Let’s Get Out of the Gutter.

A plethora of profanity is like boils on the bum of an otherwise worthy book. A few months ago, I read a short, professionally published novel that was utterly spoiled for me, because of the bad language the author chose to spew from the mouth of nearly every speaker.


Portrayal of contemporary realism by basing dialogue on profanity and obscenity is heavy-handed, and panders to the lowest common denominator. Excess expletives quickly lose their emphasis value: It doesn’t take long before the four-letter words begin to blur, like overlapping graffiti on a ghetto wall. Disreputable dialogue does not make “finely drawn” characters. Swear words also make rotten substitutes for commas.

One reason for the proliferation of potty-mouthed prose may be because usage gurus turned against adverbs and adjectives, saying that they must be slashed from manuscripts; otherwise the writing would be labeled old-fashioned, maudlin, “purple prose.” But after excising those enriching parts of speech, nothing was left but the language of the gutter: “turning the air blue” with “colorful” speech, in the original sense of the sayings.

I tried to use such expressions judiciously in Irish Firebrands. It was a matter of character development: the important, named characters with speaking roles each used different approaches to cursing or swearing. One used only G-rated euphemisms; two characters occasionally profaned the name of Deity; one exhibited immaturity by acting out that included bad language and worse behavior; and one character swore one oath in the last chapter. The rest of them, named or unnamed, didn’t cuss at all.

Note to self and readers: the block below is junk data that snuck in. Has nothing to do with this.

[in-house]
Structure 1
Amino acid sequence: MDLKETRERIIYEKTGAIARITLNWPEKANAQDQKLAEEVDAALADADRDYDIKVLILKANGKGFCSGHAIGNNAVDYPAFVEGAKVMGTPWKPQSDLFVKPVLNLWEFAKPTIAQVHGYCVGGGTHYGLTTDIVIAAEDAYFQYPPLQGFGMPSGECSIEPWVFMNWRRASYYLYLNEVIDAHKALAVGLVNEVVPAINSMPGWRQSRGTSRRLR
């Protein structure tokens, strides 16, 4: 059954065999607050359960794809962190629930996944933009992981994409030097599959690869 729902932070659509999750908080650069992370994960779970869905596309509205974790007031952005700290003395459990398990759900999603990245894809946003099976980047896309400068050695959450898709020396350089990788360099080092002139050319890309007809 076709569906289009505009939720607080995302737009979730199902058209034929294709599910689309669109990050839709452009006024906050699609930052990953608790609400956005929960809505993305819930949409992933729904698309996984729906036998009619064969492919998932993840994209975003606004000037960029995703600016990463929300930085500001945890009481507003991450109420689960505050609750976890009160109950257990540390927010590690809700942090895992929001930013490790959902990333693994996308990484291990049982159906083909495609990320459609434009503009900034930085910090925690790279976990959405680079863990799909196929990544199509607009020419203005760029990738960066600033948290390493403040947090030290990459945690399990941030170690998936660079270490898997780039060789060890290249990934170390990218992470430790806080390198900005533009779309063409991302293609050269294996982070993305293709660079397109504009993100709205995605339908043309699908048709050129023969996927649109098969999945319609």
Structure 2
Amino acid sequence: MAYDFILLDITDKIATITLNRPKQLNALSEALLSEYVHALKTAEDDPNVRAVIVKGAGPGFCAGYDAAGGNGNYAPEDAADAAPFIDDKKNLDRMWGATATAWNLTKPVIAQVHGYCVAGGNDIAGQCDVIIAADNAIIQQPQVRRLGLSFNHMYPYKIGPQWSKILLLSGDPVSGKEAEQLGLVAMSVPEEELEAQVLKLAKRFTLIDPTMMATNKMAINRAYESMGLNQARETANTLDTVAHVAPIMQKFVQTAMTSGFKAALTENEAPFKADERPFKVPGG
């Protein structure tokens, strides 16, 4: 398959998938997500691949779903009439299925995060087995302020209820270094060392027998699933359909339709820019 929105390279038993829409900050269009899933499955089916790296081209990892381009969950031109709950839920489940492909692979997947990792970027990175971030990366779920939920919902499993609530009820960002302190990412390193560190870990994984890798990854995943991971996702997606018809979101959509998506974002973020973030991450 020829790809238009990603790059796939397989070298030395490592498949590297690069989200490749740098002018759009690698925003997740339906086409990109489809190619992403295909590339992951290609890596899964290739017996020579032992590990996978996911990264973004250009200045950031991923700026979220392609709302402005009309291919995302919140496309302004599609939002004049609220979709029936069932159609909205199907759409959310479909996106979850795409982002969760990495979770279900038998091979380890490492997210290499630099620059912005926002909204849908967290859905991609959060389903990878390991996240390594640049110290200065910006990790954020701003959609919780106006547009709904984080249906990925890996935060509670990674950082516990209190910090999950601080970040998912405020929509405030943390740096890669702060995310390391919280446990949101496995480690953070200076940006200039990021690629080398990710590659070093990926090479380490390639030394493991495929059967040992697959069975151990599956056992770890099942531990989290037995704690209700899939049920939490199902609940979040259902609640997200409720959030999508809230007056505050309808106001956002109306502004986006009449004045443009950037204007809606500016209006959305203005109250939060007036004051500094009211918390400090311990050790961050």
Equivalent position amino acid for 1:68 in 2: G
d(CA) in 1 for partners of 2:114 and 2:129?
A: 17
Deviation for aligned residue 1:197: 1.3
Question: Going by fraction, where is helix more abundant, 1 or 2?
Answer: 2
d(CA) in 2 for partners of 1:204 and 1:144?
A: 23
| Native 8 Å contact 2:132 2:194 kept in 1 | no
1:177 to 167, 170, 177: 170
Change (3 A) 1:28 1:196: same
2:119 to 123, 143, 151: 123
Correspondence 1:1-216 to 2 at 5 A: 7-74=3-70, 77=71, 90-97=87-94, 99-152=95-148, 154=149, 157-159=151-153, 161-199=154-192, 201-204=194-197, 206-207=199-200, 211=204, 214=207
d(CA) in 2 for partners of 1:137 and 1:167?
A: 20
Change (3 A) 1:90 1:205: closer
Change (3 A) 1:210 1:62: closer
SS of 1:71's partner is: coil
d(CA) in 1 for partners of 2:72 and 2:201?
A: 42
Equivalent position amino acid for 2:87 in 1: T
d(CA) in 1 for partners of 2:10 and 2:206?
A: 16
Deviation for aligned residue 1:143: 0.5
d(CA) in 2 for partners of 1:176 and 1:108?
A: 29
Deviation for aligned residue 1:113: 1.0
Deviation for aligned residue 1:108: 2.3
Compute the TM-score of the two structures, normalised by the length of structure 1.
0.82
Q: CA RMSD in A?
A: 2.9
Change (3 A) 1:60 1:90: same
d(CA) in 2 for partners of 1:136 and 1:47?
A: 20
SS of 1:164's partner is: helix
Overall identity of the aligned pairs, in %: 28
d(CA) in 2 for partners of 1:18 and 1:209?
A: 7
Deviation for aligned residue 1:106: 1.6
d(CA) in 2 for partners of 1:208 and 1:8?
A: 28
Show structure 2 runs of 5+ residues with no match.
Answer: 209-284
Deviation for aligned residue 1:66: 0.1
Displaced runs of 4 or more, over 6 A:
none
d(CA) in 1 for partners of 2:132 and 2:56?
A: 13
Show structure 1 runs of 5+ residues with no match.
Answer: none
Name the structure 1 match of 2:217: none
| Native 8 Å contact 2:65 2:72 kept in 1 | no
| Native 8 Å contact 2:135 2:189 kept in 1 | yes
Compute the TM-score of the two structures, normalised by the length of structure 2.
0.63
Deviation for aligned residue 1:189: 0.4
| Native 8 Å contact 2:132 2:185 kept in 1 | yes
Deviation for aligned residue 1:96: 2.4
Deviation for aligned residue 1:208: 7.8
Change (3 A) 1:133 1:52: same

roberts-lydia-baileyThe only entertaining oaths and curses I ever read were those that issued from the mouth of General Jean Dessalines (rendered in both French and English) in Lydia Bailey, a historical novel by Kenneth Roberts. I have no idea what Dessalines was really like, but Roberts did six years of research to write the book, so perhaps he found vitriolic verbiage in the General’s correspondence. Here’s a sample:

You horned animals….
Pick up your feet, you insects….
You one-legged dogs!
Sons of goats, fathers of pigs, brothers of cats!
You animals without milk!
You species of mules!
Son of a female goat by a little gray monkey….
Mer de merde….
Fimié pice! Flea manure!
Kakamacaque! Monkey manure!
Who told you all this kakacochon….
Fimié sec!
That fimié sec, that mer’ de mouton….
The smallest piece of fimié sec on a donkey’s backside….
Fifteen dried pieces of manure on a monkey’s backside!

There are twenty more, and they’re very creative, but they’re also profane. Dessalines is also the only character who habitually speaks in this manner.

The book that so disappointed me was bought from a mail-order catalogue, an impulse purchase made on the basis of the setting. Now I’m more careful about looking for writing samples, before I buy.

Judged by the Company One Keeps
~ Anonymous

One night in late October,
When I was far from sober,
Returning with my load with manly pride,
My feet began to stutter,
So I lay down in the gutter,
And a pig came near and lay down by my side;
Then I sang “It’s all fair weather,
When good fellows get together,”
Till a lady passing by was heard to say:
“You can tell a man who boozes,
By the company he chooses,”
And the pig got up and slowly walked away.



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9 responses to “Let’s Get Out of the Gutter.

  1. RAM

    Great post – I agree with you less is more, but every and now and then a swear word manages to sneak onto my pages, and I’ll leave it there if no other approach carries the same weight. James McBride’s The Good Lord Bird had some wonderfully creative alternatives to swearing as well, as John Brown, a main character, was deeply religious and wouldn’t abide the soldiers under him taking any profanities on the lords name. Great book, if you haven’t read it yet!